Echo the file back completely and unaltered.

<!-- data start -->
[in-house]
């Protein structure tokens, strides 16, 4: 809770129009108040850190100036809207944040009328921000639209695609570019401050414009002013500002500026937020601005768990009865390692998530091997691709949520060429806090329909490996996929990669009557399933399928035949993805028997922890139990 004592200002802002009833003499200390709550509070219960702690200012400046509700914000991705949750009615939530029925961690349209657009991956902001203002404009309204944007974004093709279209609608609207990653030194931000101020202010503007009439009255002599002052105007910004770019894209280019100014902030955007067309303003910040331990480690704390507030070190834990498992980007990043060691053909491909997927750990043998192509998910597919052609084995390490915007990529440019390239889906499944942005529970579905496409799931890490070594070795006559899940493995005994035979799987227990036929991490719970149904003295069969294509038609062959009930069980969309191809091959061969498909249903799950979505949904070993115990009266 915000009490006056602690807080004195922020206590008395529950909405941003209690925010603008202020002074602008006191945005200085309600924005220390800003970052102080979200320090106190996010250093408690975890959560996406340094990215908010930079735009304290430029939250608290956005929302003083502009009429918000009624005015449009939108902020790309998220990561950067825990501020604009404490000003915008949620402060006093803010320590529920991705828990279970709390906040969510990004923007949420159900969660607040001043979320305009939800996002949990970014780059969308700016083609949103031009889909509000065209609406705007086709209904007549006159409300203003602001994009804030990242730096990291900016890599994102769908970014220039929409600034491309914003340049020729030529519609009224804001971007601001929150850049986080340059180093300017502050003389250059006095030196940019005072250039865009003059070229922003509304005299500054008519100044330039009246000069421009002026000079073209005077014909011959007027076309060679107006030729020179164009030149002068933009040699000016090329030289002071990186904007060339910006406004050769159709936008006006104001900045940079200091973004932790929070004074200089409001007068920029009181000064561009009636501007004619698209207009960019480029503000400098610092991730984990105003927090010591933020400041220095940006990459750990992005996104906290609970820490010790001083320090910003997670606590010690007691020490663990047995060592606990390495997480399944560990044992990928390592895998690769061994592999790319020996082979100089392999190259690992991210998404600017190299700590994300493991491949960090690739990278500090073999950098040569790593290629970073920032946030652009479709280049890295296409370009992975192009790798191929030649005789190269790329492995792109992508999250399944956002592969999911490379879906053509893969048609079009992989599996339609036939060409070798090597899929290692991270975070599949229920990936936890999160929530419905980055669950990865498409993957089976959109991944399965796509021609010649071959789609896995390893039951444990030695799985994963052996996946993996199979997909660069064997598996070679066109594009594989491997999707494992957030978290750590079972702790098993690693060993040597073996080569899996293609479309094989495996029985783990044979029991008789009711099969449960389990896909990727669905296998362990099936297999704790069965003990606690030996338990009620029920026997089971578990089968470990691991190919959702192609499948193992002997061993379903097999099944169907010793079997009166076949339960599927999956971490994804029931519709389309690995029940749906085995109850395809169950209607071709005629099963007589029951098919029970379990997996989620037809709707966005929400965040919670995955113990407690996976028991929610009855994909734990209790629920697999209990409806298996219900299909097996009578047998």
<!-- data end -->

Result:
[in-house]
């Protein structure tokens, strides 16, 4: 809770129009108040850190100036809207944040009328921000639209695609570019401050414009002013500002500026937020601005768990009865390692998530091997691709949520060429806090329909490996996929990669009557399933399928035949993805028997922890139990 004592200002802002009833003499200390709550509070219960702690200012400046509700914000991705949750009615939530029925961690349209657009991956902001203002404009309204944007974004093709279209609608609207990653030194931000101020202010503007009439009255002599002052105007910004770019894209280019100014902030955007067309303003910040331990480690704390507030070190834990498992980007990043060691053909491909997927750990043998192509998910597919052609084995390490915007990529440019390239889906499944942005529970579905496409799931890490070594070795006559899940493995005994035979799987227990036929991490719970149904003295069969294509038609062959009930069980969309191809091959061969498909249903799950979505949904070993115990009266 915000009490006056602690807080004195922020206590008395529950909405941003209690925010603008202020002074602008006191945005200085309600924005220390800003970052102080979200320090106190996010250093408690975890959560996406340094990215908010930079735009304290430029939250608290956005929302003083502009009429918000009624005015449009939108902020790309998220990561950067825990501020604009404490000003915008949620402060006093803010320590529920991705828990279970709390906040969510990004923007949420159900969660607040001043979320305009939800996002949990970014780059969308700016083609949103031009889909509000065209609406705007086709209904007549006159409300203003602001994009804030990242730096990291900016890599994102769908970014220039929409600034491309914003340049020729030529519609009224804001971007601001929150850049986080340059180093300017502050003389250059006095030196940019005072250039865009003059070229922003509304005299500054008519100044330039009246000069421009002026000079073209005077014909011959007027076309060679107006030729020179164009030149002068933009040699000016090329030289002071990186904007060339910006406004050769159709936008006006104001900045940079200091973004932790929070004074200089409001007068920029009181000064561009009636501007004619698209207009960019480029503000400098610092991730984990105003927090010591933020400041220095940006990459750990992005996104906290609970820490010790001083320090910003997670606590010690007691020490663990047995060592606990390495997480399944560990044992990928390592895998690769061994592999790319020996082979100089392999190259690992991210998404600017190299700590994300493991491949960090690739990278500090073999950098040569790593290629970073920032946030652009479709280049890295296409370009992975192009790798191929030649005789190269790329492995792109992508999250399944956002592969999911490379879906053509893969048609079009992989599996339609036939060409070798090597899929290692991270975070599949229920990936936890999160929530419905980055669950990865498409993957089976959109991944399965796509021609010649071959789609896995390893039951444990030695799985994963052996996946993996199979997909660069064997598996070679066109594009594989491997999707494992957030978290750590079972702790098993690693060993040597073996080569899996293609479309094989495996029985783990044979029991008789009711099969449960389990896909990727669905296998362990099936297999704790069965003990606690030996338990009620029920026997089971578990089968470990691991190919959702192609499948193992002997061993379903097999099944169907010793079997009166076949339960599927999956971490994804029931519709389309690995029940749906085995109850395809169950209607071709005629099963007589029951098919029970379990997996989620037809709707966005929400965040919670995955113990407690996976028991929610009855994909734990209790629920697999209990409806298996219900299909097996009578047998």